Indians were already watching the film long before it showed up at the Censor Board’s doorstep for certification.
The Central Board of Film Certification banned the release of Fifty Shades of Grey in India, a decision many had anticipated given the sexually explicit content of the film and the Board’s conservative nature since the appointment of Pahlaj Nihalani as its chief. The film adaptation of the best-selling 2011 novel stars Jamie Dornan and Dakota Johnson as a couple in a sadomasochistic relationship.
The ban has, however, done little to keep those interested from watching the film. As expected, the film’s ban has given a boost to piracy, with pirated DVDs of the film easily available in the market.
But Indians were watching the film long before it showed up at the Censor Board’s doorstep for certification. Variety reports that following its release on February 14, Fifty Shades of Grey was one of the most downloaded films online. Within three days of its release it was downloaded 300,000 across the world via torrent sites. While US and UK topped the list of countries with the most downloads of the film, India was third on the list with 19,298 downloaders with unique IP addresses. One can safely assume this number will only have increased in the weeks since.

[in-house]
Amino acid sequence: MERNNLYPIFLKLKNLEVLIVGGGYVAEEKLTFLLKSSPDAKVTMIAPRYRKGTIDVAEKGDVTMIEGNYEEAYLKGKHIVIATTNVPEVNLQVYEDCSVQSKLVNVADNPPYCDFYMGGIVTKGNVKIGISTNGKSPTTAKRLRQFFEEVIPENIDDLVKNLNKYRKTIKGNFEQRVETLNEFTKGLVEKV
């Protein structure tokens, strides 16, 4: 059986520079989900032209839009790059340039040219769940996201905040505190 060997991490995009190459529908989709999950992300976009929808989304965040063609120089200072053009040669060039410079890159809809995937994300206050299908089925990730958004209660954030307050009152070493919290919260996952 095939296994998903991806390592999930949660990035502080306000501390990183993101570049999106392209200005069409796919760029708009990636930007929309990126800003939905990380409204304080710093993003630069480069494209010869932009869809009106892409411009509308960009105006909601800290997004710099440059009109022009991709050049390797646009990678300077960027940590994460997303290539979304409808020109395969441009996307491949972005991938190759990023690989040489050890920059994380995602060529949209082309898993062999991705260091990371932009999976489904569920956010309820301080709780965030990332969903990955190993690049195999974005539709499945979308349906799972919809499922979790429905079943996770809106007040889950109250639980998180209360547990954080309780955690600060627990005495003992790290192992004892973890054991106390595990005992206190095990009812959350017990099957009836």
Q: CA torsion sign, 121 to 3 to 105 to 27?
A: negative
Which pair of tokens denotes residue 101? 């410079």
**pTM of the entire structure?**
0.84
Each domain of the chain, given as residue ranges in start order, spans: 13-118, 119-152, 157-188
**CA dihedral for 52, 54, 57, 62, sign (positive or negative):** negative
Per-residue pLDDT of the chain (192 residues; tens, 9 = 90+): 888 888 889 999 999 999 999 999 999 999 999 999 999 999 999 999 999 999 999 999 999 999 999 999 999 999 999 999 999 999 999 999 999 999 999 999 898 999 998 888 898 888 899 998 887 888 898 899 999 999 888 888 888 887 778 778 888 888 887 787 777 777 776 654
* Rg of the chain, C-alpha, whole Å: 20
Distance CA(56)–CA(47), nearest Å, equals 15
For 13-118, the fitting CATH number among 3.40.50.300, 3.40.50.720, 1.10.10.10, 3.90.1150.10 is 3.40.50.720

The chief executive of the Censor Board, Shravan Kumar, declined to say why the panel refused to approve the film adaptation, but said Universal Pictures, the Comcast Corp unit that released the film, could appeal the decision. “It did not pass, but it is not unusual as many mainstream films don’t get clearance in the first step, people have the option to go for a revising committee’s opinion,” Kumar told PTI.
Universal Pictures submitted the film for certification, making voluntary edits to the film to tone down its sex scenes and removed all nudity. AFP reports that a source familiar with the review process said the board had objected to some of the film’s dialogue. The film had been refused certification with a 4-1 vote against it.
The film has grossed at least $400 million in global sales. India joined countries like Malaysia, Indonesia and Kenya in banning the film’s release. Comcast Corp did not pursue a theatrical release in China, the world’s second-largest film market, where the censors tend to ban sexually explicit films.
The Censor Board in India’s has already been at the receiving end of strong criticism in recent months. Leela Samson, who served several years as its chairman, quit in January after accusing the federal government of interfering in the board’s decisions. Prime Minister Narendra Modi’s government then unveiled a new censor board, which has since issued guidelines saying Indian films should not contain profanity. In the most recent instance, the board muted the word “lesbian” from the dialogue of the film Dum Laga Ke Haisha.